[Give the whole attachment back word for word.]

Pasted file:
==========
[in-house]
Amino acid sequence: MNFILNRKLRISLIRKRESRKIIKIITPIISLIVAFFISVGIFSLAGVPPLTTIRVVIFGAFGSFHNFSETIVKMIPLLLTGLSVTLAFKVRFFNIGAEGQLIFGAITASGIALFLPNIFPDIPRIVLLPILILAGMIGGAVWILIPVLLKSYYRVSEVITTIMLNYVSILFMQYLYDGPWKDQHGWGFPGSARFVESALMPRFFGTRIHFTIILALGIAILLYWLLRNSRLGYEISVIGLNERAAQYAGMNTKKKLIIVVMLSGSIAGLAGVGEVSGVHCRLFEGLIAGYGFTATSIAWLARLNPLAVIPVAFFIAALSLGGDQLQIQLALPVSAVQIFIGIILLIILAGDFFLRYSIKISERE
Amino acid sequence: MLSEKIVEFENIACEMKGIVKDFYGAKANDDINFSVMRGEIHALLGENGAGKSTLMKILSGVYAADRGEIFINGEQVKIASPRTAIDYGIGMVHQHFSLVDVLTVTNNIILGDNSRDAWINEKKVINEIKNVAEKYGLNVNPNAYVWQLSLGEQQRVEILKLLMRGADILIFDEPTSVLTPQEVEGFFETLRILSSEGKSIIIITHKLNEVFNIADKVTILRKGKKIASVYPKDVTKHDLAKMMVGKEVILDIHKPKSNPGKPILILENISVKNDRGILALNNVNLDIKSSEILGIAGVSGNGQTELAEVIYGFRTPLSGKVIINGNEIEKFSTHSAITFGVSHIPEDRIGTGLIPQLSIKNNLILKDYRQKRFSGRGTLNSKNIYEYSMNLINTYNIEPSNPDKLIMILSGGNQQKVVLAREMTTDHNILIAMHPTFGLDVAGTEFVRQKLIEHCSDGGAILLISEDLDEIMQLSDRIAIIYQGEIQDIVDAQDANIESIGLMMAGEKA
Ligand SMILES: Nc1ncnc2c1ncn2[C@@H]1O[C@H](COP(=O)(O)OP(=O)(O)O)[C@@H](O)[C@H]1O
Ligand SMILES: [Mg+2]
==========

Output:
[in-house]
Amino acid sequence: MNFILNRKLRISLIRKRESRKIIKIITPIISLIVAFFISVGIFSLAGVPPLTTIRVVIFGAFGSFHNFSETIVKMIPLLLTGLSVTLAFKVRFFNIGAEGQLIFGAITASGIALFLPNIFPDIPRIVLLPILILAGMIGGAVWILIPVLLKSYYRVSEVITTIMLNYVSILFMQYLYDGPWKDQHGWGFPGSARFVESALMPRFFGTRIHFTIILALGIAILLYWLLRNSRLGYEISVIGLNERAAQYAGMNTKKKLIIVVMLSGSIAGLAGVGEVSGVHCRLFEGLIAGYGFTATSIAWLARLNPLAVIPVAFFIAALSLGGDQLQIQLALPVSAVQIFIGIILLIILAGDFFLRYSIKISERE
Amino acid sequence: MLSEKIVEFENIACEMKGIVKDFYGAKANDDINFSVMRGEIHALLGENGAGKSTLMKILSGVYAADRGEIFINGEQVKIASPRTAIDYGIGMVHQHFSLVDVLTVTNNIILGDNSRDAWINEKKVINEIKNVAEKYGLNVNPNAYVWQLSLGEQQRVEILKLLMRGADILIFDEPTSVLTPQEVEGFFETLRILSSEGKSIIIITHKLNEVFNIADKVTILRKGKKIASVYPKDVTKHDLAKMMVGKEVILDIHKPKSNPGKPILILENISVKNDRGILALNNVNLDIKSSEILGIAGVSGNGQTELAEVIYGFRTPLSGKVIINGNEIEKFSTHSAITFGVSHIPEDRIGTGLIPQLSIKNNLILKDYRQKRFSGRGTLNSKNIYEYSMNLINTYNIEPSNPDKLIMILSGGNQQKVVLAREMTTDHNILIAMHPTFGLDVAGTEFVRQKLIEHCSDGGAILLISEDLDEIMQLSDRIAIIYQGEIQDIVDAQDANIESIGLMMAGEKA
Ligand SMILES: Nc1ncnc2c1ncn2[C@@H]1O[C@H](COP(=O)(O)OP(=O)(O)O)[C@@H](O)[C@H]1O
Ligand SMILES: [Mg+2]